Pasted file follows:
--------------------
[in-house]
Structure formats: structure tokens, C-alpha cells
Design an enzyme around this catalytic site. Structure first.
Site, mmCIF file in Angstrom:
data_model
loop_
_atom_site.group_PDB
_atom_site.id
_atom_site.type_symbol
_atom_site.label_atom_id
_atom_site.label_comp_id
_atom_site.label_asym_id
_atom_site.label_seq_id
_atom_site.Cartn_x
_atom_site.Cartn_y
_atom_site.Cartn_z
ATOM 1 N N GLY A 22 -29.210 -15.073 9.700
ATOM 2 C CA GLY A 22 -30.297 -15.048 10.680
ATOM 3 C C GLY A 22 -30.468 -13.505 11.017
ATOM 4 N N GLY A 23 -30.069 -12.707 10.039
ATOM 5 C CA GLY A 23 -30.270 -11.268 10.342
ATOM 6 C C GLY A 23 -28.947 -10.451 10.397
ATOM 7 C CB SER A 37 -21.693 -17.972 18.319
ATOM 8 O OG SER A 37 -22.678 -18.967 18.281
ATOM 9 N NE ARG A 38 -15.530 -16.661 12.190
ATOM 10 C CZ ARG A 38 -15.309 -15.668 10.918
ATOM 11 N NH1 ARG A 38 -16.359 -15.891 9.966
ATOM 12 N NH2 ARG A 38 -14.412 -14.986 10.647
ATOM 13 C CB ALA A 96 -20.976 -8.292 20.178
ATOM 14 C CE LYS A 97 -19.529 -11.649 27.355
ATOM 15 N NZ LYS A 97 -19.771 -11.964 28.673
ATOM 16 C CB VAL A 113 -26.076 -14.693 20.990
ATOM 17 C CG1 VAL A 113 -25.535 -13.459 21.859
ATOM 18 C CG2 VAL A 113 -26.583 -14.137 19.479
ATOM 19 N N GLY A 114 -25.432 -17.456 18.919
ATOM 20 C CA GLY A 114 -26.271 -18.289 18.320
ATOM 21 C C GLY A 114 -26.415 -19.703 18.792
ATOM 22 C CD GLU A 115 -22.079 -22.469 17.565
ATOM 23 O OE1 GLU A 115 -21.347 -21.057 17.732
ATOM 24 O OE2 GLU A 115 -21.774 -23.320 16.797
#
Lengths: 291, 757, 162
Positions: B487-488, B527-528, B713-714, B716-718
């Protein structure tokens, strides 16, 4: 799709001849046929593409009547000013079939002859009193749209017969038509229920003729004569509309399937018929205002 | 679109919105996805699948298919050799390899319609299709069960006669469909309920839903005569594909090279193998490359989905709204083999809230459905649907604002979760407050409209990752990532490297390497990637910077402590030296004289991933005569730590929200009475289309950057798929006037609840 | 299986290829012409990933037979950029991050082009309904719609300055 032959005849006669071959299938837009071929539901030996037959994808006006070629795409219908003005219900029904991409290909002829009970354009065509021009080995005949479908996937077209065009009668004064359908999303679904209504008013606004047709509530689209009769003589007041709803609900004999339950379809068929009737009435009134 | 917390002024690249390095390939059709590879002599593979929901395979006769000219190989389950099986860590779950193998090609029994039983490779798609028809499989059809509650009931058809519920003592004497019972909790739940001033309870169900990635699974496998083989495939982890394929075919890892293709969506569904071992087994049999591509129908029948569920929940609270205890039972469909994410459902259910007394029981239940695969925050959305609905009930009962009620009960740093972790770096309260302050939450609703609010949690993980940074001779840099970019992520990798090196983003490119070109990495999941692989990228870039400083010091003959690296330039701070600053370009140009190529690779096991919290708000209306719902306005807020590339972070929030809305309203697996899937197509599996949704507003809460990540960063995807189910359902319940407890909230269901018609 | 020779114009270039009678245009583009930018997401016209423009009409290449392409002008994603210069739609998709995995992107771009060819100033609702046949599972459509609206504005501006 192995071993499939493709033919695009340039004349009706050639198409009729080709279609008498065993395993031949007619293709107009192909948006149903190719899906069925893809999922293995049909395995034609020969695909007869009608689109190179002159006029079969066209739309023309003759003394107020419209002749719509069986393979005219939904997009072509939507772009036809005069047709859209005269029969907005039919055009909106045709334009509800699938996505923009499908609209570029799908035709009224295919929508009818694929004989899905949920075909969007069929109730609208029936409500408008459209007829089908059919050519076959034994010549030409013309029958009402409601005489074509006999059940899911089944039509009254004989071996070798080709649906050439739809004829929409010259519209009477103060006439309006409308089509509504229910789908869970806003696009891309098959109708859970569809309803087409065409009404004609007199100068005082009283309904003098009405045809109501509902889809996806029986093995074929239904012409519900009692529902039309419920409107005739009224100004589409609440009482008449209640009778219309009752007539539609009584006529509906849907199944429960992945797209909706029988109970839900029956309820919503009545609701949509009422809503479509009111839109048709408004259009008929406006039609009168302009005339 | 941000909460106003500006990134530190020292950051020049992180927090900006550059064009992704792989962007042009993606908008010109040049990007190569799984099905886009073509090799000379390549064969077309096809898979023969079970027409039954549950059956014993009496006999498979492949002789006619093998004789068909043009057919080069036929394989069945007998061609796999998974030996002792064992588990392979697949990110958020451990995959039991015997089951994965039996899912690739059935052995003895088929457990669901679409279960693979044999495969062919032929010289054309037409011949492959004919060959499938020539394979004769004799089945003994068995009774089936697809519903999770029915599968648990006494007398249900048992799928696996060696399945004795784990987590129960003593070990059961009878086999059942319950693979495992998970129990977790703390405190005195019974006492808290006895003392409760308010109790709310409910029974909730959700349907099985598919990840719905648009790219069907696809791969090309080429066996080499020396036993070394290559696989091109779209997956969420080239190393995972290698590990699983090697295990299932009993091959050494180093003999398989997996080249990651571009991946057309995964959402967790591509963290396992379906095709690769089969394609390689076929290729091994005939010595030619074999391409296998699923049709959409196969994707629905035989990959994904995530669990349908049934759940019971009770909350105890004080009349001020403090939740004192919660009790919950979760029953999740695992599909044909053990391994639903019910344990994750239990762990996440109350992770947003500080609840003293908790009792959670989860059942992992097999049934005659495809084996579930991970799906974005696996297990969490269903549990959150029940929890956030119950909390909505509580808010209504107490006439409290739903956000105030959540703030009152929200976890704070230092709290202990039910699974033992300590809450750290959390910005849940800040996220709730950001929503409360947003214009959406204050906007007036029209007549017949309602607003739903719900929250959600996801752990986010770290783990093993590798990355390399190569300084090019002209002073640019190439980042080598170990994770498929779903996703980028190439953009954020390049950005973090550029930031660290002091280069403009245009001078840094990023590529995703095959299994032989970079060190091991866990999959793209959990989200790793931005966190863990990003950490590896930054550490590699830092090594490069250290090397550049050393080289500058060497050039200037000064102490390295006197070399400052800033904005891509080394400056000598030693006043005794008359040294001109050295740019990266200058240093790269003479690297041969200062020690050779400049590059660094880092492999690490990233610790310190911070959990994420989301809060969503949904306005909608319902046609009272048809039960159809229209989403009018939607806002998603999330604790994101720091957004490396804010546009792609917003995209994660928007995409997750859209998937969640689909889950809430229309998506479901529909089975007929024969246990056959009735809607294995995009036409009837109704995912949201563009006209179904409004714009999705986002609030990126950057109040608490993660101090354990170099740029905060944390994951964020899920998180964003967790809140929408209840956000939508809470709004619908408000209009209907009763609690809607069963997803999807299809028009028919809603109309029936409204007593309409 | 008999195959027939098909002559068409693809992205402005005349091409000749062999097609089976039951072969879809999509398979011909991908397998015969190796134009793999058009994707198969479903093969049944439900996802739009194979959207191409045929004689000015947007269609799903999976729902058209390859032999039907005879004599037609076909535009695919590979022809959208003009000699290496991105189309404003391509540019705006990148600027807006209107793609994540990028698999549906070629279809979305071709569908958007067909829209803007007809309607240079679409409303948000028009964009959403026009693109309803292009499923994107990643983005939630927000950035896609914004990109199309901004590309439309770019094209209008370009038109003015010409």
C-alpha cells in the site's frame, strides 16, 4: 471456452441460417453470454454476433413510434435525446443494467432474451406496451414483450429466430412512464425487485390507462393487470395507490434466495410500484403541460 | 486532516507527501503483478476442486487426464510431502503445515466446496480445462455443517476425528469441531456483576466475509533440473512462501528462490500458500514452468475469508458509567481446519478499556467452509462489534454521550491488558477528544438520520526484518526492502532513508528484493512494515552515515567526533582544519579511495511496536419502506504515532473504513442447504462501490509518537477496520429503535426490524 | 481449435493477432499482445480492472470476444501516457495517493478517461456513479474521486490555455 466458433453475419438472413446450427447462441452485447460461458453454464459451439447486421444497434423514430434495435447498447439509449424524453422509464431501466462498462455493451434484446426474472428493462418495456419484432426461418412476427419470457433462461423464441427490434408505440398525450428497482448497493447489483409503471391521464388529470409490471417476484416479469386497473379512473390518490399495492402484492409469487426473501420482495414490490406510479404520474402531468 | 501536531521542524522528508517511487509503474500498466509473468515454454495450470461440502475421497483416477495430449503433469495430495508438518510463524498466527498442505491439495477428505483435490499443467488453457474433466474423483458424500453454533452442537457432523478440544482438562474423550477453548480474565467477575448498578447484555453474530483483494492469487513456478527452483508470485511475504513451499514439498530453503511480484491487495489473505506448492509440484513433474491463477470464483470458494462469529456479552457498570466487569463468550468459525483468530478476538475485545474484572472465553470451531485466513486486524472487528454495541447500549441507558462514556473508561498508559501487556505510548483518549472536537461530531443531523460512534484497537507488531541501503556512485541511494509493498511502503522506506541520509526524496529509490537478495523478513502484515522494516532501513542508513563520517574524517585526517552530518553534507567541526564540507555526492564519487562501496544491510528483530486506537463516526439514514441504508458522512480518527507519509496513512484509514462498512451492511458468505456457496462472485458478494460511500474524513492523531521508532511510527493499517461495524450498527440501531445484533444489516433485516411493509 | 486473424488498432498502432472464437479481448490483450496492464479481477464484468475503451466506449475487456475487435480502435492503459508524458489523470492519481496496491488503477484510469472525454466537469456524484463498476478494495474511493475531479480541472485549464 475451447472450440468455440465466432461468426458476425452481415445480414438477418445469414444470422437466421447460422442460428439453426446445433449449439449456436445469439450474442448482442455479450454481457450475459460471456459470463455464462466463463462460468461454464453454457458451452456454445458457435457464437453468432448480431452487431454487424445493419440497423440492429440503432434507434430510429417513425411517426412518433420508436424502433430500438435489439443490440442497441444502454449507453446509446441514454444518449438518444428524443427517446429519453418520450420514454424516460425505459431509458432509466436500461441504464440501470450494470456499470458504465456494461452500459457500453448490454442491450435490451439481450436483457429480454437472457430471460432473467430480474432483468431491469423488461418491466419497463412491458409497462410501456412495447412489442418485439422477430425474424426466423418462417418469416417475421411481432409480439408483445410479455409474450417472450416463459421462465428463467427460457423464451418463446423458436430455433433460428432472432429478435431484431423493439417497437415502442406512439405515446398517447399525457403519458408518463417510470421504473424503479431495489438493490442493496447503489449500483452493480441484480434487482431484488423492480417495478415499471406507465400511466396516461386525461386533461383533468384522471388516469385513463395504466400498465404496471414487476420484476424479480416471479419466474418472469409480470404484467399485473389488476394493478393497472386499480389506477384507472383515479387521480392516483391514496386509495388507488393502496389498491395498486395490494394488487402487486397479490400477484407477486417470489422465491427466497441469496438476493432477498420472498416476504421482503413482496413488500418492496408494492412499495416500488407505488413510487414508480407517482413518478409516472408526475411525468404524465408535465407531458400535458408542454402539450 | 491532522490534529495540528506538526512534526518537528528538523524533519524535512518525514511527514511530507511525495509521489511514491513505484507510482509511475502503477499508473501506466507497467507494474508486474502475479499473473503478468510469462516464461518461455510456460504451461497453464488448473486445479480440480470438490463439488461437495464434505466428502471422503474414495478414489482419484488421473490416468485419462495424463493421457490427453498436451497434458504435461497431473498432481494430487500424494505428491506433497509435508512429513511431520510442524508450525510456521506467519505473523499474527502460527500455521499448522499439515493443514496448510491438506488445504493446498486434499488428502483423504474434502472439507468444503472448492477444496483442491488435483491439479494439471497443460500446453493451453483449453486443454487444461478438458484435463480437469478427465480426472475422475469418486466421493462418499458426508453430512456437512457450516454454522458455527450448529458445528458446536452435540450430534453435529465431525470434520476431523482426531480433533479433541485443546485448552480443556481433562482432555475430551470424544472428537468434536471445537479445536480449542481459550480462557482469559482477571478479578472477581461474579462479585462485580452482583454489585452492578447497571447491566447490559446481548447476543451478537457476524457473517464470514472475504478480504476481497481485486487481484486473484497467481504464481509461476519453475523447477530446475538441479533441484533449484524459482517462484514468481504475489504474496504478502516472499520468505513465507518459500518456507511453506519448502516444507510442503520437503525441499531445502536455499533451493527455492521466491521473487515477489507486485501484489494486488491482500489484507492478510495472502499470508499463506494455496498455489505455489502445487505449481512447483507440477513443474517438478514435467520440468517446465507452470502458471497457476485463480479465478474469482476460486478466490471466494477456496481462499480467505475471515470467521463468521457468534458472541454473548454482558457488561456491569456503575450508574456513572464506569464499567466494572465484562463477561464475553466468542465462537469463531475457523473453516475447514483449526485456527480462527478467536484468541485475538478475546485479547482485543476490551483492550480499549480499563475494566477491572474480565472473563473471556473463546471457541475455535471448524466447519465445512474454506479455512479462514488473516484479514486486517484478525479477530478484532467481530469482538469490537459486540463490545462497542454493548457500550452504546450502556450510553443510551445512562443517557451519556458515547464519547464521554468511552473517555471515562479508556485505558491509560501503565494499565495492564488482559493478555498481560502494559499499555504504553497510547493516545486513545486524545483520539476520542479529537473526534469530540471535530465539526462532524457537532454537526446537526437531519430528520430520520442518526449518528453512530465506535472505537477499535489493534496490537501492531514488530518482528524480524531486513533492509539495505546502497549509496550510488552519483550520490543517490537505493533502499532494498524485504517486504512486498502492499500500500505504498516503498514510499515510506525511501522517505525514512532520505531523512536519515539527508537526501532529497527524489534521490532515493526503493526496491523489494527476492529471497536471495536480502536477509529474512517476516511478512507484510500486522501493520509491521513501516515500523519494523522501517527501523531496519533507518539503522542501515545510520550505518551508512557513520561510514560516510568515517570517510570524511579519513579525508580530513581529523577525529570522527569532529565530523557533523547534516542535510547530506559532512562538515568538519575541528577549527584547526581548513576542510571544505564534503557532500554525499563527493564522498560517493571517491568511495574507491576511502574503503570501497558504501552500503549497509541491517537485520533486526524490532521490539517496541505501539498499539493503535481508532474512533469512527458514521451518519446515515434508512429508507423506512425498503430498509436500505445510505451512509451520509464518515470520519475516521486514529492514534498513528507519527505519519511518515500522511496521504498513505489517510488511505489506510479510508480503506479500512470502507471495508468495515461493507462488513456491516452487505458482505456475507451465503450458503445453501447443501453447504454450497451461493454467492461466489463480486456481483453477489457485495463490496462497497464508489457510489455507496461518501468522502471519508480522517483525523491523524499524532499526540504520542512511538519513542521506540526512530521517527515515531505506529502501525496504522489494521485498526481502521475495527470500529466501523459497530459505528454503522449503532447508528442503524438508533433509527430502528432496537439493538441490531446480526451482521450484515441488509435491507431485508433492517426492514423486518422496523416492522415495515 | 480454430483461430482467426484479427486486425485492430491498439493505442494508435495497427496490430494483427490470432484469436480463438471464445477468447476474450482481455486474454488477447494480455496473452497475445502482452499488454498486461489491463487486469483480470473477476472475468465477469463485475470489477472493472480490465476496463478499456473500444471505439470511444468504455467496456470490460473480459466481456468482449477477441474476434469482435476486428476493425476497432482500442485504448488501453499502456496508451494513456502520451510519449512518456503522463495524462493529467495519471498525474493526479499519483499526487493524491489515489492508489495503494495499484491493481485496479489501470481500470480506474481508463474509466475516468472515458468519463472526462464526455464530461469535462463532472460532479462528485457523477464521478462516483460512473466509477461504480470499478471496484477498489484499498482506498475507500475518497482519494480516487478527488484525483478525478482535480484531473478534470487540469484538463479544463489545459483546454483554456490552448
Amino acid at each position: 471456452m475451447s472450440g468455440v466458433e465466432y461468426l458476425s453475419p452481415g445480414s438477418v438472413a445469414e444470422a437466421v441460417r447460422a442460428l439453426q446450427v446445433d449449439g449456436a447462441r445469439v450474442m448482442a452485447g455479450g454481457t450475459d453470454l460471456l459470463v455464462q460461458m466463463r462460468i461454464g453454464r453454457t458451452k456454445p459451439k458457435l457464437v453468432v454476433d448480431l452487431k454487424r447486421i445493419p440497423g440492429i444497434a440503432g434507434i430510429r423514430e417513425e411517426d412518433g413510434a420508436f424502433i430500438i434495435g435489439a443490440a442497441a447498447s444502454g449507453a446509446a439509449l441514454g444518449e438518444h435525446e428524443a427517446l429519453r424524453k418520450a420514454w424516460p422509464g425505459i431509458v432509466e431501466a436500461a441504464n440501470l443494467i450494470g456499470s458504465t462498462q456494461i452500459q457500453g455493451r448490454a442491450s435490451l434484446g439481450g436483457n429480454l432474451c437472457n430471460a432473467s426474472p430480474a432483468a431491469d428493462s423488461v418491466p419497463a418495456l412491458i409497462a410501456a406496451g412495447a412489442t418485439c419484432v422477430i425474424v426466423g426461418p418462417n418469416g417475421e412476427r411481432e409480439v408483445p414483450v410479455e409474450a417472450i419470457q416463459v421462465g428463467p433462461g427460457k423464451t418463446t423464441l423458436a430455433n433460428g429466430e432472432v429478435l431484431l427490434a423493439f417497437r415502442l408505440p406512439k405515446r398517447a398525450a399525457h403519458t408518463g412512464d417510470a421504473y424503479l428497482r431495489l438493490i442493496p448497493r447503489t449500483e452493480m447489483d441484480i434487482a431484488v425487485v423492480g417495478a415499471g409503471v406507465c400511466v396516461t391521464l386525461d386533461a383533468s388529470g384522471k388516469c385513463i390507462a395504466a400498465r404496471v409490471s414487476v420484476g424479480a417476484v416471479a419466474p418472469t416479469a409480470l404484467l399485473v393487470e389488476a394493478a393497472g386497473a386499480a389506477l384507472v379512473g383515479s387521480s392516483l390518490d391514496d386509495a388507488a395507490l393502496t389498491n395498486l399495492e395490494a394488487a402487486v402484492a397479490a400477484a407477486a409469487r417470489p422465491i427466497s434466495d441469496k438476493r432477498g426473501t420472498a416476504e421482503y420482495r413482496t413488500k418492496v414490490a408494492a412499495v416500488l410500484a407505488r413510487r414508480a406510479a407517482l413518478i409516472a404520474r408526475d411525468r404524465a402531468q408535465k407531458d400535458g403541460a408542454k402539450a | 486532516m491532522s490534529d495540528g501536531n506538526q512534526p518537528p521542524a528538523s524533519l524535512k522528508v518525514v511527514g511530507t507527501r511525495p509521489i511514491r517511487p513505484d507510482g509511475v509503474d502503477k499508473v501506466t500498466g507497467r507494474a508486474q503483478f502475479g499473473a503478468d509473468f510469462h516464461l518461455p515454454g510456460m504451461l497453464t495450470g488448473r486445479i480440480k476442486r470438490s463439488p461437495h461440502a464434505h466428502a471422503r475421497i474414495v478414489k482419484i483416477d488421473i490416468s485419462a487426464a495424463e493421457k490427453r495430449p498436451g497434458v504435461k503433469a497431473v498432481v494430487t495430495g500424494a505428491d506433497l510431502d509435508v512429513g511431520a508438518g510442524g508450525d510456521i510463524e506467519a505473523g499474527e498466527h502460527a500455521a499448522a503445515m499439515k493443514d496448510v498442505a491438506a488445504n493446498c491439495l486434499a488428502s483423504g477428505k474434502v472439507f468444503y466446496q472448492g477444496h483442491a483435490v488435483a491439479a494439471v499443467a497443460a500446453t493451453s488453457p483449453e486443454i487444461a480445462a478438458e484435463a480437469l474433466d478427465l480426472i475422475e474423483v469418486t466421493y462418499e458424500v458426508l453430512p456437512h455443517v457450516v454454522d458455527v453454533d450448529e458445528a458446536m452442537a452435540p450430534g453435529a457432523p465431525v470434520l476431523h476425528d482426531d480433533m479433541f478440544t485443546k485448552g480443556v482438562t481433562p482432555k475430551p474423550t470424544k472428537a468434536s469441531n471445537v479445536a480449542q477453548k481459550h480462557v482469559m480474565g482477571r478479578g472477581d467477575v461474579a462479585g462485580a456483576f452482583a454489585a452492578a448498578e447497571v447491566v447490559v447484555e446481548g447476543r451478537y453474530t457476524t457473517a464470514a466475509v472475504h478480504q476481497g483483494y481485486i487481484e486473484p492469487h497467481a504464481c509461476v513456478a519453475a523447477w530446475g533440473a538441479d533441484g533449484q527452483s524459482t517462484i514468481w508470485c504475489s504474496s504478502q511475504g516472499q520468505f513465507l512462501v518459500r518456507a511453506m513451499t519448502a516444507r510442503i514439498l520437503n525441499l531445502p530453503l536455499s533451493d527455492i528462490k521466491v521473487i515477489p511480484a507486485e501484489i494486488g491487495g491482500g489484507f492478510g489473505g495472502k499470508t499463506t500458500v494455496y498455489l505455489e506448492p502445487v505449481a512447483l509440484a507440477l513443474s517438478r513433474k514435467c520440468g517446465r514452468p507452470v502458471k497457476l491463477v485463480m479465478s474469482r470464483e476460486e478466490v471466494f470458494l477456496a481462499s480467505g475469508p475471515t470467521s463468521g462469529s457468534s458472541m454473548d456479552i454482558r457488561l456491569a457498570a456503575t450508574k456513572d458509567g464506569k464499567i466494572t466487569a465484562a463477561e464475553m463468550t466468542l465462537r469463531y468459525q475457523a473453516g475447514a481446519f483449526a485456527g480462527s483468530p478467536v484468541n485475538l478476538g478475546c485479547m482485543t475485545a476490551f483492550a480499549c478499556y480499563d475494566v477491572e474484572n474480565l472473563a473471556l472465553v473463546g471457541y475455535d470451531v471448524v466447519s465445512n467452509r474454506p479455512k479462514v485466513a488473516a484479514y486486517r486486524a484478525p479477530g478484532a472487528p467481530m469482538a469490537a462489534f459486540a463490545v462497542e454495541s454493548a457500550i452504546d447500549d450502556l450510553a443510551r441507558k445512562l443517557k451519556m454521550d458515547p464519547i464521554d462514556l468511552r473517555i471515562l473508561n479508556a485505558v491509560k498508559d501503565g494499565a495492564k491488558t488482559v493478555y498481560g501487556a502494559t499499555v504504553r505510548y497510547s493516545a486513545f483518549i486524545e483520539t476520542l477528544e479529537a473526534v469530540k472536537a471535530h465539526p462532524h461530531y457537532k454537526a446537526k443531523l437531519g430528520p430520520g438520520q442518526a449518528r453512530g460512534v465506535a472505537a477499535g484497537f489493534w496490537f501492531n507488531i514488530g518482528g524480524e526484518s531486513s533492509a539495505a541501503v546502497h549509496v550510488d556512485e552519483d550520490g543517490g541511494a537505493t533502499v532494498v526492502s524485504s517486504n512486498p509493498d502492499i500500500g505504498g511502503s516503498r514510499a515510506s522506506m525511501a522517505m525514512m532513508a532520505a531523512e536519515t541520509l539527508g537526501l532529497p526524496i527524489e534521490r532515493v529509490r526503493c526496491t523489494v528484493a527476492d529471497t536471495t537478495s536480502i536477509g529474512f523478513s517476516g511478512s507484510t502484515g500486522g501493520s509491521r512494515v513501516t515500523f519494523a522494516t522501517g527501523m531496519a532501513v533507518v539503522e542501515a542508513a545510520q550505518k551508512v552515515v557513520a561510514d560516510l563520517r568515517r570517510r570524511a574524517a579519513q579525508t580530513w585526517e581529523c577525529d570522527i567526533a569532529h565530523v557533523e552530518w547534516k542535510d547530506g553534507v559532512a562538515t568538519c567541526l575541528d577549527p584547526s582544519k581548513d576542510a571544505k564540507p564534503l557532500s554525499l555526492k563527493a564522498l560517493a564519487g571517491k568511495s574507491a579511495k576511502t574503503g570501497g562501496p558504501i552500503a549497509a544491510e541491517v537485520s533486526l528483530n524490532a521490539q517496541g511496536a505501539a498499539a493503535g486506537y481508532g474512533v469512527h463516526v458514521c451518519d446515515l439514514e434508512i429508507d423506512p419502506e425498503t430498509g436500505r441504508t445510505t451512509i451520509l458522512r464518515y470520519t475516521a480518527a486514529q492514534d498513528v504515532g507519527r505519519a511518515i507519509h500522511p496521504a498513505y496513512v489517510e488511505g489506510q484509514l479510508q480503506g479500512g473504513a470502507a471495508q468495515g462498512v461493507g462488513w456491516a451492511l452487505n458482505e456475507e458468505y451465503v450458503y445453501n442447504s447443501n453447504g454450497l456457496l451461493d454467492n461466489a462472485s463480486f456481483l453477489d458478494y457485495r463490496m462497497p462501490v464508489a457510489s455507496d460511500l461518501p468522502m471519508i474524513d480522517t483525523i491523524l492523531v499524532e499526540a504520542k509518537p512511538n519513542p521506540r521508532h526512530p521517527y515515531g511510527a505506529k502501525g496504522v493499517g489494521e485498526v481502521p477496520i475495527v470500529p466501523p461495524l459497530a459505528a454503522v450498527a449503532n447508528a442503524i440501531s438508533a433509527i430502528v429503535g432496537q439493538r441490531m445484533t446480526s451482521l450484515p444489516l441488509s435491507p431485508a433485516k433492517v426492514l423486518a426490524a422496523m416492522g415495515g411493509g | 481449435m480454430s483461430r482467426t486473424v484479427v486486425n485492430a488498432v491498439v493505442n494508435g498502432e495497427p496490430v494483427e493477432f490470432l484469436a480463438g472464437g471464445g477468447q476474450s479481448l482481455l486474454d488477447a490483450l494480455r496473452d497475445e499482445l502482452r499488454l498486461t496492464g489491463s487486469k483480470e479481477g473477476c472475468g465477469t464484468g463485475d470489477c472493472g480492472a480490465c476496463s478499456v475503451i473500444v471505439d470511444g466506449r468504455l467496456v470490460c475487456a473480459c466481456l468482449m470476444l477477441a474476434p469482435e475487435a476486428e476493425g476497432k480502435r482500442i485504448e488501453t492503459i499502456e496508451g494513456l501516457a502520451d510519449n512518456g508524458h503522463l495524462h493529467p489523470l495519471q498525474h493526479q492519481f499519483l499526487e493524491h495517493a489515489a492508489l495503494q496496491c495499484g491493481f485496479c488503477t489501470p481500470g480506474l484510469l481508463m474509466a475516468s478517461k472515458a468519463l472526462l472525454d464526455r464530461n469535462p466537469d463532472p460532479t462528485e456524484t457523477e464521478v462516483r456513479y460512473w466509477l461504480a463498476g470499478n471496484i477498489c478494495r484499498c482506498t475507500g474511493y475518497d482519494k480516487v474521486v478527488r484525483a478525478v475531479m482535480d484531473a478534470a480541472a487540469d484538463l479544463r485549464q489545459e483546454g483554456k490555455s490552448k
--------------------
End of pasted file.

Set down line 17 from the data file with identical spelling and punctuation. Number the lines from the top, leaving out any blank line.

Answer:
ATOM 1 N N GLY A 22 -29.210 -15.073 9.700